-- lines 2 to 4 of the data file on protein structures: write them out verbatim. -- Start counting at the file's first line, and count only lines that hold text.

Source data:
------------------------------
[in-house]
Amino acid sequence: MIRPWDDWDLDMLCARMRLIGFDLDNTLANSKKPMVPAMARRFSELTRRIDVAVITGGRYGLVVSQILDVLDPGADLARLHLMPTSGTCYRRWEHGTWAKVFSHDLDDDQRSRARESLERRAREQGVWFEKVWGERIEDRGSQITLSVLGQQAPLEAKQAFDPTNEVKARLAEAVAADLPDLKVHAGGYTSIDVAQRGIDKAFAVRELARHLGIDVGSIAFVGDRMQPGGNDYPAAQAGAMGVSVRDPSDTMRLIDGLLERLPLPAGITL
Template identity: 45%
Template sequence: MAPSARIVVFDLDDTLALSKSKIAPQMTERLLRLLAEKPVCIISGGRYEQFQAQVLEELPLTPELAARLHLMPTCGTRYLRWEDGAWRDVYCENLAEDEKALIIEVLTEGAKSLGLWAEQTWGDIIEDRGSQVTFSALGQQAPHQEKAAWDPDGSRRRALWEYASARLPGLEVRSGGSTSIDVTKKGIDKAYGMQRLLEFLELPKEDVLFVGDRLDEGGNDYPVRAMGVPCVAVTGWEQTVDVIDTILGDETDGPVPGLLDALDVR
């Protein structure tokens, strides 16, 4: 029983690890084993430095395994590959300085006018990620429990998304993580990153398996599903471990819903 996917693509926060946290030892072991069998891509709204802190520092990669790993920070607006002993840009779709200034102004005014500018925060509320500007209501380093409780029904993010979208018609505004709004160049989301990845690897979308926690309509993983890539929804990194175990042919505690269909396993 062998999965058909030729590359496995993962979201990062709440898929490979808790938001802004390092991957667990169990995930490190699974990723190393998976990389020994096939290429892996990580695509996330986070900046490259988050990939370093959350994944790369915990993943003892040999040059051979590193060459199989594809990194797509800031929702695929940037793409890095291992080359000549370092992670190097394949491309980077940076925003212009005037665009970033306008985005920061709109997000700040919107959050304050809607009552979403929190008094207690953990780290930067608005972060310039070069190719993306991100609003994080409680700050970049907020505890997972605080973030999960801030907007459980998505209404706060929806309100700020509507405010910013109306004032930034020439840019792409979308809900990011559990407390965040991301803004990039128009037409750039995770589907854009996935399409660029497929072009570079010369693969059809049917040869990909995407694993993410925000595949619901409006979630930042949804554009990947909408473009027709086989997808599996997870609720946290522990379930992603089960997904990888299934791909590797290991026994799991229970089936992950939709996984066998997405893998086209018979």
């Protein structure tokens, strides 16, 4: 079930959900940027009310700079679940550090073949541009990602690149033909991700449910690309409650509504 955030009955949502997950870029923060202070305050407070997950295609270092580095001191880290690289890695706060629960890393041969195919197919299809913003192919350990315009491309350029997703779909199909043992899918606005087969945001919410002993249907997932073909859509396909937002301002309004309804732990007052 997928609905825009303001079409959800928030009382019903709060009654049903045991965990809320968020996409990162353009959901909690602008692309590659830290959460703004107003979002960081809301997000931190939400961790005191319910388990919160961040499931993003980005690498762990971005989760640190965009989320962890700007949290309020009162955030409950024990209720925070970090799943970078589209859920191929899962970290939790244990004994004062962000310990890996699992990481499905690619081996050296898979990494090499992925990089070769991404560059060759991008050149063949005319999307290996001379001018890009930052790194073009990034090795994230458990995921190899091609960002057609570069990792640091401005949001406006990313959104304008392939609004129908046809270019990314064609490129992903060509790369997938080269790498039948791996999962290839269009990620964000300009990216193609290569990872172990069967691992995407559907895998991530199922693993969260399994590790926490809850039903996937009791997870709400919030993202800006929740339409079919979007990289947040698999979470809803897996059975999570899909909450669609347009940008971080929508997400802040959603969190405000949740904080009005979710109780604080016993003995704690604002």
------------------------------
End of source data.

Amino acid sequence: MIRPWDDWDLDMLCARMRLIGFDLDNTLANSKKPMVPAMARRFSELTRRIDVAVITGGRYGLVVSQILDVLDPGADLARLHLMPTSGTCYRRWEHGTWAKVFSHDLDDDQRSRARESLERRAREQGVWFEKVWGERIEDRGSQITLSVLGQQAPLEAKQAFDPTNEVKARLAEAVAADLPDLKVHAGGYTSIDVAQRGIDKAFAVRELARHLGIDVGSIAFVGDRMQPGGNDYPAAQAGAMGVSVRDPSDTMRLIDGLLERLPLPAGITL
Template identity: 45%
Template sequence: MAPSARIVVFDLDDTLALSKSKIAPQMTERLLRLLAEKPVCIISGGRYEQFQAQVLEELPLTPELAARLHLMPTCGTRYLRWEDGAWRDVYCENLAEDEKALIIEVLTEGAKSLGLWAEQTWGDIIEDRGSQVTFSALGQQAPHQEKAAWDPDGSRRRALWEYASARLPGLEVRSGGSTSIDVTKKGIDKAYGMQRLLEFLELPKEDVLFVGDRLDEGGNDYPVRAMGVPCVAVTGWEQTVDVIDTILGDETDGPVPGLLDALDVR